ADHD – brain structure and function – a focus on emotions and the amygdala
By Sophia DiLavore and Jim Stellar
ADHD, attention deficit hyperactivity disorder, is a neuropsychiatric disorder that causes inattention, hyperactivity, impulsivity, and motor restlessness. ADHD is often diagnosed during childhood as symptoms become apparent during academic, social, and family interactions. Approximately 5% of adolescents have been diagnosed with ADHD in contrast with 2.5-4.9% of adults. ADHD can persist into adulthood however sometimes impairments only partially persist.
It is important to understand the structural differences in an ADHD brain vs a healthy one which we can see by looking at brain scans. Most common brain scans include structural MRI (sMRI) for brain anatomy and functional magnetic resonance imaging (fMRI) for brain activity. Most size abnormalities of brain structures can be seen in adolescents in the prefrontal cortex, amygdala, hippocampus, and cerebellum.
Focusing first on the prefrontal cortex, the ADHD frontal cortex is 3-5% smaller than average. Given this brain area’s general reputation for inhibition of lower brain structure, this could explain deficits in inhibition, working memory, and other executive functions. Other difficulties in emotional regulation, motivation, and memory are attributed to irregularities in the amygdala and hippocampus. In this blog, a key focus will be on the amygdala.
The amygdala shown below from an fMRI scan is important in ADHD primarily because it regulates decision-making and controls situational behaviors in the environment whether it be instinctual or motivational behaviors. The amygdala has been known as the main brain structure involved in evaluating perceived sensory information then categorizing the stimuli into emotional dimensions such as valence, intensity and approachability.
By identifying the way in which the stimuli make a person feel, it allows for the person to distinguish whether or not the emotion is positive or negative and whether it is strong or weak. Smaller amygdala volume that is present in the ADHD brain produces altered emotional processing and perhaps less control of impulsivity.
Fear conditioning, a key role of the amygdala, is affected in the ADHD brain. Fear conditioning exemplifies associative learning as the brain creates memories about the relationship between two events. Fear triggers survival responses such as fight or flight or freeze, and it even seems to be integrated at a higher level into risk by the insula cortex. When humans detect fear the brain can even unconsciously trigger physiological responses as well as emotions. That could explain why people with ADHD perceive and react in situations dissimilarly than the average person. Specifically the basolateral amygdala (BLA) regulates social behavior and reward experience. Stimulation of the BLA relieves anxiety/freezing behavior (which is a fear reaction). The amygdala’s involvement in emotion perception is important in order to recognize social cues and react in survival situations. There are difficulties processing faces with emotional expressions which contributes to social problems for a person with ADHD. Adolescents with ADHD are commonly disliked by their peers and do not have many friends despite having an average intelligence.
Emotion recognition deficits also could be affected by the lack of dopaminergic receptors related to attention and reward seeking behavior and therefore a lower amygdala activation. This is true, even though dopamine has been largely associated with reward, not fear and that will be a subject of our next blog.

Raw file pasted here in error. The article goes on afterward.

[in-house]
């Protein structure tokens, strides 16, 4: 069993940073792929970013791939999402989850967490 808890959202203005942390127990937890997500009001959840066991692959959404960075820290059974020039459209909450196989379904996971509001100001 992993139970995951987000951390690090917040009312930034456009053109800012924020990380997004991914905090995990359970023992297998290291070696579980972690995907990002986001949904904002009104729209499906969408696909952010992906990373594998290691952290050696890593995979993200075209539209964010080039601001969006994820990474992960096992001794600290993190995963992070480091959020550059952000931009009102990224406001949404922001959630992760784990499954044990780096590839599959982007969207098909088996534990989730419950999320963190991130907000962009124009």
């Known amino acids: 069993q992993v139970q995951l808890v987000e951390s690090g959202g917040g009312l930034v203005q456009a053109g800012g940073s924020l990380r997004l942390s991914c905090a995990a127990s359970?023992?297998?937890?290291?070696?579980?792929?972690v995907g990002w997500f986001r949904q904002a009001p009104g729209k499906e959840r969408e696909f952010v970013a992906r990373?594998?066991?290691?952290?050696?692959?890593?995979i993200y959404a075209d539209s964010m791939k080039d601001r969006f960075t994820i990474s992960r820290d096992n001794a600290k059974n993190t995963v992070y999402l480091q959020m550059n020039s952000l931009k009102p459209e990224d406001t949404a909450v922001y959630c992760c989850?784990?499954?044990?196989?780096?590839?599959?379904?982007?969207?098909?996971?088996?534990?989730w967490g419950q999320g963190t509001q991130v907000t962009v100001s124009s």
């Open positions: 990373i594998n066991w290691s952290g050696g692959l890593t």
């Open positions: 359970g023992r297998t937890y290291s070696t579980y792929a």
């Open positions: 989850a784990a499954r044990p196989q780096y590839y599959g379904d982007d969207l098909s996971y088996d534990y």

But here we want to make the point that, in general, emotional states influence selective attention, working memory, and cognitive control. For example, in normals as in ADHD subjects emotionally charged stimuli are more likely to register in memory (e.g. flashbulb memories) even though in ADHD subjects can have attention deficits. Emotions can enhance or interfere with memory depending on the duration and valence of the emotion(s). In another example, studies show that emotional distractors can cause short term negative effects on working memory as opposed to long term positive effects on episodic memory. We also know that people who are more susceptible to disruption due to emotional stimuli are likely to have higher activity in the amygdala, and as we have written, better connections between the frontal cortex and the amygdala produce more chill-type behavior in non-clinical subjects. Given that the amygdala mediates fear related memories and fear responses in seemingly anxious situations, that activation could trigger learning aversiveness. That is, people with ADHD could pull back from learning in general because they find it difficult due to challenges in maintaining attention.
Finally, on a related topic, the BLA is also associated with aggression which relates to fear responses and may lead to “Impulsive Aggression as a Comorbidity” as discussed in one study. In this study, they recommend further research to see how to control aggression when it appears in ADHD patients. But we know that in general the amygdala has a role in threat detection and can cause impulsive reactions in ADHD patients.
How does this inform the general purpose of this blog series about learning from experience? The essential feature of that operation we say is cognitive-emotional integration. Looking at ADHD provides a lens through which we can see the operation of that cognitive-emotional integration, and in this blog around the amygdala. Also, the ADHD patient is a variation of the normal college student. And finally, some college students (and others) have ADHD as part of the natural (and wonderful) variation of types of people that makes for a rich college environment. It also makes for opportunities to learn how to develop experiential programs that maximize the growth and learning of all college students.